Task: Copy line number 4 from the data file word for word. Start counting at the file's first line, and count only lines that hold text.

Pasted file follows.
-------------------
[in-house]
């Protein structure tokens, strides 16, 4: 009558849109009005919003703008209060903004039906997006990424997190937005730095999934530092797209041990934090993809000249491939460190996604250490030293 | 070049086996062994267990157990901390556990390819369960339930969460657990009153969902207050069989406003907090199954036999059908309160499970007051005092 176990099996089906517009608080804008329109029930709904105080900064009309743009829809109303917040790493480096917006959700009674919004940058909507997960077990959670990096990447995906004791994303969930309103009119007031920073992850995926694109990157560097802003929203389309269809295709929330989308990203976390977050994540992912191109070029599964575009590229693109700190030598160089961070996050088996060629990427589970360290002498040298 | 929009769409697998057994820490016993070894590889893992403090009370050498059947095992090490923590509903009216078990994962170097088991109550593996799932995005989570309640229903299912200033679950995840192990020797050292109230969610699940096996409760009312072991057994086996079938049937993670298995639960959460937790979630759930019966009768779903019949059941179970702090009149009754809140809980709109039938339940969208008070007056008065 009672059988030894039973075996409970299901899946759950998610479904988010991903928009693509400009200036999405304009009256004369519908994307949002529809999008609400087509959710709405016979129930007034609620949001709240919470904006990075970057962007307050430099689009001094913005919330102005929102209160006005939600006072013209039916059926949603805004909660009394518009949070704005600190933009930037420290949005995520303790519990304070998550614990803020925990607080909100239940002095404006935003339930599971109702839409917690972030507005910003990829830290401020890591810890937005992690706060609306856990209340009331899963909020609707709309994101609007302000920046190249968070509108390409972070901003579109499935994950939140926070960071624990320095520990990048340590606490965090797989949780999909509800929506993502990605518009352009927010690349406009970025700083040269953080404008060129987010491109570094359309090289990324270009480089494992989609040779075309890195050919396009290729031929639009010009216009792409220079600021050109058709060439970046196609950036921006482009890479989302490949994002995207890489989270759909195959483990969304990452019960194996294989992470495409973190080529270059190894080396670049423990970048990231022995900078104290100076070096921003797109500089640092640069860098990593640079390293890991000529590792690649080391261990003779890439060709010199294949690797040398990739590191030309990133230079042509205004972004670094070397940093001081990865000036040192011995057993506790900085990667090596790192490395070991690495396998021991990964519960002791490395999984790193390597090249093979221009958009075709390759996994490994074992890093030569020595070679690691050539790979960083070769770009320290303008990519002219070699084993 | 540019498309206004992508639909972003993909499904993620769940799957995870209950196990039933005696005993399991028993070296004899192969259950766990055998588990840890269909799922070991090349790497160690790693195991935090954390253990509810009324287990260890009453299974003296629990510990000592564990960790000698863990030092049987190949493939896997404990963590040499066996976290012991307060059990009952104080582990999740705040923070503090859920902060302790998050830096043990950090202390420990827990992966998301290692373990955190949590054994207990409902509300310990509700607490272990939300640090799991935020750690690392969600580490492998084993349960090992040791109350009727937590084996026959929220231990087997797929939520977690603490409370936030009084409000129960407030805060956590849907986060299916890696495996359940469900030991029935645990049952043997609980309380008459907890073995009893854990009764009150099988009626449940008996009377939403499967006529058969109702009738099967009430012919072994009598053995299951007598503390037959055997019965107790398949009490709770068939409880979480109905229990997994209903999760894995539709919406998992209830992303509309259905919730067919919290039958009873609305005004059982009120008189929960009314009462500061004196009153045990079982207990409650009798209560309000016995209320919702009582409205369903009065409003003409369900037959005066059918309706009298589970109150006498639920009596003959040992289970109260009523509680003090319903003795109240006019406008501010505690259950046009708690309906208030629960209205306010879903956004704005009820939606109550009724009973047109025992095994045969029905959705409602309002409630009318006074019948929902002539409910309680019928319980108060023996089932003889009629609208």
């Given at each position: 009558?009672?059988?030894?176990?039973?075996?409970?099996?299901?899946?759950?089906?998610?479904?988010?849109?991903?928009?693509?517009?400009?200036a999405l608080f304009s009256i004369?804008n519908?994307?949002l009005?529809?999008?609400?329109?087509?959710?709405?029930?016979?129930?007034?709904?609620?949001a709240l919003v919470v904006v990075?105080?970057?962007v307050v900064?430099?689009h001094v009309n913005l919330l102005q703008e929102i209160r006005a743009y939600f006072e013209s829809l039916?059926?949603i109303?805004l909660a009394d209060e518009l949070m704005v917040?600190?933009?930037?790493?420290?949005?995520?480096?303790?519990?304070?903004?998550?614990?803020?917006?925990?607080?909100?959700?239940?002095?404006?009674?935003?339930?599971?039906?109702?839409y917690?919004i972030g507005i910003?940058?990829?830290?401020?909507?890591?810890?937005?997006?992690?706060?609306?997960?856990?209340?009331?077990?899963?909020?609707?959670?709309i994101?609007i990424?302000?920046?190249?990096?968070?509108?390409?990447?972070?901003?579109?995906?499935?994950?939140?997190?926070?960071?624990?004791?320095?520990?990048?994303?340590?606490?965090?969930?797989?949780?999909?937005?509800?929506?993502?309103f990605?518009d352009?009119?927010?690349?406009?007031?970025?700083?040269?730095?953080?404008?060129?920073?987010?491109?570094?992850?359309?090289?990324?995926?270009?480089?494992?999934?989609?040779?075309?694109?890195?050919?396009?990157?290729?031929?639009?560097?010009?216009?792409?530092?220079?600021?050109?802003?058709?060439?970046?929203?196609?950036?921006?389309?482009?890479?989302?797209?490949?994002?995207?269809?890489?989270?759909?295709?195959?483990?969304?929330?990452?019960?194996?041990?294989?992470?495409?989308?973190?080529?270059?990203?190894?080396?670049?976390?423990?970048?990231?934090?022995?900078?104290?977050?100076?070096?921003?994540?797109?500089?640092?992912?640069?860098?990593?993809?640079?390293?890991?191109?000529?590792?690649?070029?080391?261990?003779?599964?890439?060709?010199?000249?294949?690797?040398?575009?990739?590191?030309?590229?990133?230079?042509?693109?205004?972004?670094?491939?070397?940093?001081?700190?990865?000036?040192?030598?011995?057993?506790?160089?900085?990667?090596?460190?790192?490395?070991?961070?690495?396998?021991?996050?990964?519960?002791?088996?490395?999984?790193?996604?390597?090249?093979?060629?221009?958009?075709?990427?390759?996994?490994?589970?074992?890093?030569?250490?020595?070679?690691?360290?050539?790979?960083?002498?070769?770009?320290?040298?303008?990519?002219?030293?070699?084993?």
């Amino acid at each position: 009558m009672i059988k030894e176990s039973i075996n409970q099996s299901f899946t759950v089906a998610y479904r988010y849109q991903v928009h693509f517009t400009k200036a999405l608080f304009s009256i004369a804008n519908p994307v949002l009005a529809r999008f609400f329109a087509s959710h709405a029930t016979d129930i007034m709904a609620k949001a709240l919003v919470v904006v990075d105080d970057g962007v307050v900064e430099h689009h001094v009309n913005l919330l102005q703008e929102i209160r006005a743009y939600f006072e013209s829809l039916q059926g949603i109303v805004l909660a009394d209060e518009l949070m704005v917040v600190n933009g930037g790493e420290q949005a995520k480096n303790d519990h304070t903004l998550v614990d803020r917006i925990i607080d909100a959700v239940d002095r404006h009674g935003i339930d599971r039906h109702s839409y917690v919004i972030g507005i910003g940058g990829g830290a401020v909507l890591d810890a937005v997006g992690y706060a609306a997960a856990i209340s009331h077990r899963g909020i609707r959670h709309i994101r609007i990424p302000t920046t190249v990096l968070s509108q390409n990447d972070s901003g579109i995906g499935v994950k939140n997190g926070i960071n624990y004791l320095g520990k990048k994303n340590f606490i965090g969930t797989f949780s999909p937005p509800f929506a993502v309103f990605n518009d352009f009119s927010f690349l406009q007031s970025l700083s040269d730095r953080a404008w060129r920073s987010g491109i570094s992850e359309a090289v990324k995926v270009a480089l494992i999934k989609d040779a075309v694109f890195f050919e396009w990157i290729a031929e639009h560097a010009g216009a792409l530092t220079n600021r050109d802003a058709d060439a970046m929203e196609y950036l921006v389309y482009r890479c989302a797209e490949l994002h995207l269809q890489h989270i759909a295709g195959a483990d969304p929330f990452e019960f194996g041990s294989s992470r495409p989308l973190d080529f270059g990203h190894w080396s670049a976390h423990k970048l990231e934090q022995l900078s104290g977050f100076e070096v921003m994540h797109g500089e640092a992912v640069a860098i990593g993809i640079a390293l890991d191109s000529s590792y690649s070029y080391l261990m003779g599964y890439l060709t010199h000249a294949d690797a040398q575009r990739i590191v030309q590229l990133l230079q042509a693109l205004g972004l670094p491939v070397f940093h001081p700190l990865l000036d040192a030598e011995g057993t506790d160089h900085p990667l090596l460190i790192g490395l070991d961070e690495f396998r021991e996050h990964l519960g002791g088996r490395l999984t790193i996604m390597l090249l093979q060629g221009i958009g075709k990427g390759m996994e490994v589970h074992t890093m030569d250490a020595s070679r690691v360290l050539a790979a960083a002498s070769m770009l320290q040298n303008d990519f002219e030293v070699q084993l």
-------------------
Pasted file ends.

């Amino acid at each position: 009558m009672i059988k030894e176990s039973i075996n409970q099996s299901f899946t759950v089906a998610y479904r988010y849109q991903v928009h693509f517009t400009k200036a999405l608080f304009s009256i004369a804008n519908p994307v949002l009005a529809r999008f609400f329109a087509s959710h709405a029930t016979d129930i007034m709904a609620k949001a709240l919003v919470v904006v990075d105080d970057g962007v307050v900064e430099h689009h001094v009309n913005l919330l102005q703008e929102i209160r006005a743009y939600f006072e013209s829809l039916q059926g949603i109303v805004l909660a009394d209060e518009l949070m704005v917040v600190n933009g930037g790493e420290q949005a995520k480096n303790d519990h304070t903004l998550v614990d803020r917006i925990i607080d909100a959700v239940d002095r404006h009674g935003i339930d599971r039906h109702s839409y917690v919004i972030g507005i910003g940058g990829g830290a401020v909507l890591d810890a937005v997006g992690y706060a609306a997960a856990i209340s009331h077990r899963g909020i609707r959670h709309i994101r609007i990424p302000t920046t190249v990096l968070s509108q390409n990447d972070s901003g579109i995906g499935v994950k939140n997190g926070i960071n624990y004791l320095g520990k990048k994303n340590f606490i965090g969930t797989f949780s999909p937005p509800f929506a993502v309103f990605n518009d352009f009119s927010f690349l406009q007031s970025l700083s040269d730095r953080a404008w060129r920073s987010g491109i570094s992850e359309a090289v990324k995926v270009a480089l494992i999934k989609d040779a075309v694109f890195f050919e396009w990157i290729a031929e639009h560097a010009g216009a792409l530092t220079n600021r050109d802003a058709d060439a970046m929203e196609y950036l921006v389309y482009r890479c989302a797209e490949l994002h995207l269809q890489h989270i759909a295709g195959a483990d969304p929330f990452e019960f194996g041990s294989s992470r495409p989308l973190d080529f270059g990203h190894w080396s670049a976390h423990k970048l990231e934090q022995l900078s104290g977050f100076e070096v921003m994540h797109g500089e640092a992912v640069a860098i990593g993809i640079a390293l890991d191109s000529s590792y690649s070029y080391l261990m003779g599964y890439l060709t010199h000249a294949d690797a040398q575009r990739i590191v030309q590229l990133l230079q042509a693109l205004g972004l670094p491939v070397f940093h001081p700190l990865l000036d040192a030598e011995g057993t506790d160089h900085p990667l090596l460190i790192g490395l070991d961070e690495f396998r021991e996050h990964l519960g002791g088996r490395l999984t790193i996604m390597l090249l093979q060629g221009i958009g075709k990427g390759m996994e490994v589970h074992t890093m030569d250490a020595s070679r690691v360290l050539a790979a960083a002498s070769m770009l320290q040298n303008d990519f002219e030293v070699q084993l």